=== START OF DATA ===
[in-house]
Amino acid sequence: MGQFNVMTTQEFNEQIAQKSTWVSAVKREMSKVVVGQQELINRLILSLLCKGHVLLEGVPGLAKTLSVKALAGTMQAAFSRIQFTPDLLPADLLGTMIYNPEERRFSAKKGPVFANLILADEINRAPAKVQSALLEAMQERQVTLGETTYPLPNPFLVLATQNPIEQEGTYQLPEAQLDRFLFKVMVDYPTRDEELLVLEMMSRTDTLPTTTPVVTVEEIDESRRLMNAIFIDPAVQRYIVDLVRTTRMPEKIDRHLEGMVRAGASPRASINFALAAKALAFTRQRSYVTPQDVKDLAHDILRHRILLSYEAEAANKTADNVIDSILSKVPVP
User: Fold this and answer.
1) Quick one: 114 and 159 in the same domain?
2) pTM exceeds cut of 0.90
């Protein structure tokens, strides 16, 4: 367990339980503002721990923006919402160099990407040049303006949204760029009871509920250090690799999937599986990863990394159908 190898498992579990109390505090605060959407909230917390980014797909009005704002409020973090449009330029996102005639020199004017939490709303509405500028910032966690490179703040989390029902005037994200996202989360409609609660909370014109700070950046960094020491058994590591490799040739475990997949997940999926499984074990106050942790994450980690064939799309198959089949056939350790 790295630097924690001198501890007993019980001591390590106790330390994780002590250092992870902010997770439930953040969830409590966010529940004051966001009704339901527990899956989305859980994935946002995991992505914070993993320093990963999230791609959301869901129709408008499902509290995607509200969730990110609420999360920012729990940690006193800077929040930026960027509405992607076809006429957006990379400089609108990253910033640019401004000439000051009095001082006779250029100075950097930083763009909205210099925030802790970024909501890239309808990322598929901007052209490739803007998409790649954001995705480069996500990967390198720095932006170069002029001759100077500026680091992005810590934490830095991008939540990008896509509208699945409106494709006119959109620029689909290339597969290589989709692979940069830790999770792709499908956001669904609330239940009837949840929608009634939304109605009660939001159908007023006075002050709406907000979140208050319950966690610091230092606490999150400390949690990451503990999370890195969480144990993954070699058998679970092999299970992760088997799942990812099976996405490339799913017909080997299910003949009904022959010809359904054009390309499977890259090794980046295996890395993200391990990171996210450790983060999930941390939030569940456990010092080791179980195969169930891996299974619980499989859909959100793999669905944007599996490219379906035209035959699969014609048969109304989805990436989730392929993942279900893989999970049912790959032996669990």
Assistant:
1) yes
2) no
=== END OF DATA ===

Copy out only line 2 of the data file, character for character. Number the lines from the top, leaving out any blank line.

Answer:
Amino acid sequence: MGQFNVMTTQEFNEQIAQKSTWVSAVKREMSKVVVGQQELINRLILSLLCKGHVLLEGVPGLAKTLSVKALAGTMQAAFSRIQFTPDLLPADLLGTMIYNPEERRFSAKKGPVFANLILADEINRAPAKVQSALLEAMQERQVTLGETTYPLPNPFLVLATQNPIEQEGTYQLPEAQLDRFLFKVMVDYPTRDEELLVLEMMSRTDTLPTTTPVVTVEEIDESRRLMNAIFIDPAVQRYIVDLVRTTRMPEKIDRHLEGMVRAGASPRASINFALAAKALAFTRQRSYVTPQDVKDLAHDILRHRILLSYEAEAANKTADNVIDSILSKVPVP